The Idea of interplanetary travel has captured the imagination for over a century now. From the novels of Jules Verne, to the poster-adorned walls of wide-eyed kids, and don’t forget the pulpy science fiction of the 1950s which was born out of that decade’s rush to get humans on the Moon.
The image of space has always in some way represented the idea of human progress. However, it has also given rise to another equally powerful and persistent image: that of a lone explorer displaced, longing for home across an ocean of stars - think movies such as Robinson Crusoe on Mars, Moon, Interstellar, The Martian.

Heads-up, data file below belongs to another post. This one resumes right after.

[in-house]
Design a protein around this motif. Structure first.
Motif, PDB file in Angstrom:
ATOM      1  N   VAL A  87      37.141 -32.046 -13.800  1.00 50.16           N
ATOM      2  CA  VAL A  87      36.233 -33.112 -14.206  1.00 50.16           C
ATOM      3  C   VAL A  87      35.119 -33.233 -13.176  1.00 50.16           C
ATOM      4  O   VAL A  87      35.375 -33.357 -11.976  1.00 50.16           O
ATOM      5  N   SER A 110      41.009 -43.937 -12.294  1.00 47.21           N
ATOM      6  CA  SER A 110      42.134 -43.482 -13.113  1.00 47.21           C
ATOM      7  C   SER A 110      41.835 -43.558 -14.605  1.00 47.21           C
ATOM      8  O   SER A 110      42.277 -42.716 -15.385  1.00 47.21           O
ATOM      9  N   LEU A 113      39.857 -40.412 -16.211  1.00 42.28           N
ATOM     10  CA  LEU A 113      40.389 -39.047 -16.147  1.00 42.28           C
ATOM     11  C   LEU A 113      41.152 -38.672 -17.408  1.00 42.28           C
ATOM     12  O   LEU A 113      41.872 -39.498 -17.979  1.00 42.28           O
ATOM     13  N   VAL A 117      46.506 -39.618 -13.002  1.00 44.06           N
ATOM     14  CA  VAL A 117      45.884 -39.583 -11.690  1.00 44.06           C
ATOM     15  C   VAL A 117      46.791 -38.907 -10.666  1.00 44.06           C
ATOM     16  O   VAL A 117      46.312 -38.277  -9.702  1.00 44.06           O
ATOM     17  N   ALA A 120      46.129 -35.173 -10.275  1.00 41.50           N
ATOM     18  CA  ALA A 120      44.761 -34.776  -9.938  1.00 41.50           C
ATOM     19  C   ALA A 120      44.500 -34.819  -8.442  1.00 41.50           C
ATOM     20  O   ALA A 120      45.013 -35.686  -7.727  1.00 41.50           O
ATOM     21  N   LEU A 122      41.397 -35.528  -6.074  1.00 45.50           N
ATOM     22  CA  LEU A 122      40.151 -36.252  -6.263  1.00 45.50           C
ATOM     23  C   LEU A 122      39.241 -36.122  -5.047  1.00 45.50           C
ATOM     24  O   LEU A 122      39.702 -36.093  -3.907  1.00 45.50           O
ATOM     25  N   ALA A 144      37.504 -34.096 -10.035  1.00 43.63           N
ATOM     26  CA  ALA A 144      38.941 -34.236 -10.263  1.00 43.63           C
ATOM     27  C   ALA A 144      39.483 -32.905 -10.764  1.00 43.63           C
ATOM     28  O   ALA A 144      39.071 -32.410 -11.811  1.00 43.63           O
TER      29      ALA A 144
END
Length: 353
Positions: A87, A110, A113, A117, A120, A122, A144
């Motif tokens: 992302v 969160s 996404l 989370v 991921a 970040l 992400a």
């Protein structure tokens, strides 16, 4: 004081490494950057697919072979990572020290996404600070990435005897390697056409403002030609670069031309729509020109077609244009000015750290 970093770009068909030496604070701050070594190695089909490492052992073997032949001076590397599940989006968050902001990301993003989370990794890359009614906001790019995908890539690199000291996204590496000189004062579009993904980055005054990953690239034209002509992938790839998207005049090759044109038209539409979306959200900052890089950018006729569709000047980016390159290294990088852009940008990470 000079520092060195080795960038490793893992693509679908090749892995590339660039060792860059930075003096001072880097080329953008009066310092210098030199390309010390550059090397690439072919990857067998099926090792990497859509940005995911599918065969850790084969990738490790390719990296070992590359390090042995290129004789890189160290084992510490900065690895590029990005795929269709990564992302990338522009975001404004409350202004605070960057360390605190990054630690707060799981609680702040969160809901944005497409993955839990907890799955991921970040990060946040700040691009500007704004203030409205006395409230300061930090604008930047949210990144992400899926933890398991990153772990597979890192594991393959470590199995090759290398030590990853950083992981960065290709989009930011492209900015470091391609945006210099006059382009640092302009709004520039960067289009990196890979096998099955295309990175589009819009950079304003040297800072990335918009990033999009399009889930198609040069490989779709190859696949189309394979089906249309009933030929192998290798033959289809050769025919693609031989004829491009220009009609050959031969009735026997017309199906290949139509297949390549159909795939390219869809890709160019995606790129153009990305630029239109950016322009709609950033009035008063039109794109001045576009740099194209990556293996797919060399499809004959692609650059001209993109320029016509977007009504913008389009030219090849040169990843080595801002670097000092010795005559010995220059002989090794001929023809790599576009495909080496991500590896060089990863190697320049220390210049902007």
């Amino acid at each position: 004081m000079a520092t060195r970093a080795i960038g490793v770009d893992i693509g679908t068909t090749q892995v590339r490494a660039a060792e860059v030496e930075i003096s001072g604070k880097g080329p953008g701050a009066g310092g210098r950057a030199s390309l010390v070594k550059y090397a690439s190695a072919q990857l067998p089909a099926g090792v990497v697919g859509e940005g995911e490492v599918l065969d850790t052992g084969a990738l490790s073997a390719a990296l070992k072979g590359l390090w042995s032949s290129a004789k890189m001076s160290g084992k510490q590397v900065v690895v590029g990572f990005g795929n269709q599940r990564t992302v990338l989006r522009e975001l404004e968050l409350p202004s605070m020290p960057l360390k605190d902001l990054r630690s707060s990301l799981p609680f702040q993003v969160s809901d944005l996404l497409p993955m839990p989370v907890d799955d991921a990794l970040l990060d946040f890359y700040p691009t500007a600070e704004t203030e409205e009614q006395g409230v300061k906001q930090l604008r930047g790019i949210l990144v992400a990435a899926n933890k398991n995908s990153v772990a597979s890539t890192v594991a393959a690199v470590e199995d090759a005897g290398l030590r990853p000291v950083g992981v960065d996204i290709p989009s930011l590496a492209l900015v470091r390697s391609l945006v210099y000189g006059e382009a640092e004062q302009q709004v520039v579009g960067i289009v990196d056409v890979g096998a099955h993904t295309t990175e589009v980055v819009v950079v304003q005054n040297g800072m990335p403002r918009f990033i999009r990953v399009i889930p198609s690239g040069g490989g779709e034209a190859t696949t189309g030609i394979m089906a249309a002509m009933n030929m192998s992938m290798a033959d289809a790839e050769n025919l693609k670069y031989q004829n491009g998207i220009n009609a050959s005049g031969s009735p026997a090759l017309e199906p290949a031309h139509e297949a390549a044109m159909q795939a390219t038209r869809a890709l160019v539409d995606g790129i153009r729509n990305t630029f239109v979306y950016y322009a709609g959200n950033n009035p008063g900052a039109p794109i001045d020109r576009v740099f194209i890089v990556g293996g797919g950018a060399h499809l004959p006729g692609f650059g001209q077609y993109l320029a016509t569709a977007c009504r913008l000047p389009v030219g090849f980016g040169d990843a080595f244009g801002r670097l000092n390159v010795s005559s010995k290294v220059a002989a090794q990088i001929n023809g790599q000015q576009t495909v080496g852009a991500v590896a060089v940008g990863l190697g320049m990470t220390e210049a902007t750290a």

System Era Softworks’s Astroneer, a craft-‘em-up survival game about travelling to distant planets, draws from both ideas for inspiration. At first glance, the game paints an optimistic and potentially naïve image of space travel. Research and discovery are key to the game’s progression: you must study alien flora, research new modules, and find materials out in the world to craft them. While, elsewhere, the design of vehicles and the Astroneer itself appear almost toy-like in nature, boasting a particularly plastic and inorganic sheen, as if you’re inhabiting the safe and secure world of a children’s playset.